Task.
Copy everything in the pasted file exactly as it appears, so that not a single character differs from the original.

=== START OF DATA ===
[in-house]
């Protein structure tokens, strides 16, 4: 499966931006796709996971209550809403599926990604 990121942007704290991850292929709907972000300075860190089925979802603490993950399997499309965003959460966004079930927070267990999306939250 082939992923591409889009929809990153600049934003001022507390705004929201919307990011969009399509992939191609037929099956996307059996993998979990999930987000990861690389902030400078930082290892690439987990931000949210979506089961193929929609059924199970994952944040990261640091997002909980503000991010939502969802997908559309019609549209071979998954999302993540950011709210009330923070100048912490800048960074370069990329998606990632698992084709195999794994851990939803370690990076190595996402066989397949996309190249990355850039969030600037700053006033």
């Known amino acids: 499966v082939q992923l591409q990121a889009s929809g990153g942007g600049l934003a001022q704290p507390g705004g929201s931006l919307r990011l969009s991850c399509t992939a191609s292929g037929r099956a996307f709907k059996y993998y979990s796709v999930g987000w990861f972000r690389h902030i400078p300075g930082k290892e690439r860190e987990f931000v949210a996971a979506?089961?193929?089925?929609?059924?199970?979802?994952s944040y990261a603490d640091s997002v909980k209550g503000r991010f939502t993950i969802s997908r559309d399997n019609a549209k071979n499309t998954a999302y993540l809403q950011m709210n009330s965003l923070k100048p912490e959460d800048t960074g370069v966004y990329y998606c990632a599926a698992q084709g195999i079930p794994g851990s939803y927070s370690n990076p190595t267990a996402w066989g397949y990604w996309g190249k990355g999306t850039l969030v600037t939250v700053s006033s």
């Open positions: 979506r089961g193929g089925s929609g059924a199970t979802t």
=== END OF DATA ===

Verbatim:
[in-house]
């Protein structure tokens, strides 16, 4: 499966931006796709996971209550809403599926990604 990121942007704290991850292929709907972000300075860190089925979802603490993950399997499309965003959460966004079930927070267990999306939250 082939992923591409889009929809990153600049934003001022507390705004929201919307990011969009399509992939191609037929099956996307059996993998979990999930987000990861690389902030400078930082290892690439987990931000949210979506089961193929929609059924199970994952944040990261640091997002909980503000991010939502969802997908559309019609549209071979998954999302993540950011709210009330923070100048912490800048960074370069990329998606990632698992084709195999794994851990939803370690990076190595996402066989397949996309190249990355850039969030600037700053006033």
């Known amino acids: 499966v082939q992923l591409q990121a889009s929809g990153g942007g600049l934003a001022q704290p507390g705004g929201s931006l919307r990011l969009s991850c399509t992939a191609s292929g037929r099956a996307f709907k059996y993998y979990s796709v999930g987000w990861f972000r690389h902030i400078p300075g930082k290892e690439r860190e987990f931000v949210a996971a979506?089961?193929?089925?929609?059924?199970?979802?994952s944040y990261a603490d640091s997002v909980k209550g503000r991010f939502t993950i969802s997908r559309d399997n019609a549209k071979n499309t998954a999302y993540l809403q950011m709210n009330s965003l923070k100048p912490e959460d800048t960074g370069v966004y990329y998606c990632a599926a698992q084709g195999i079930p794994g851990s939803y927070s370690n990076p190595t267990a996402w066989g397949y990604w996309g190249k990355g999306t850039l969030v600037t939250v700053s006033s």
């Open positions: 979506r089961g193929g089925s929609g059924a199970t979802t």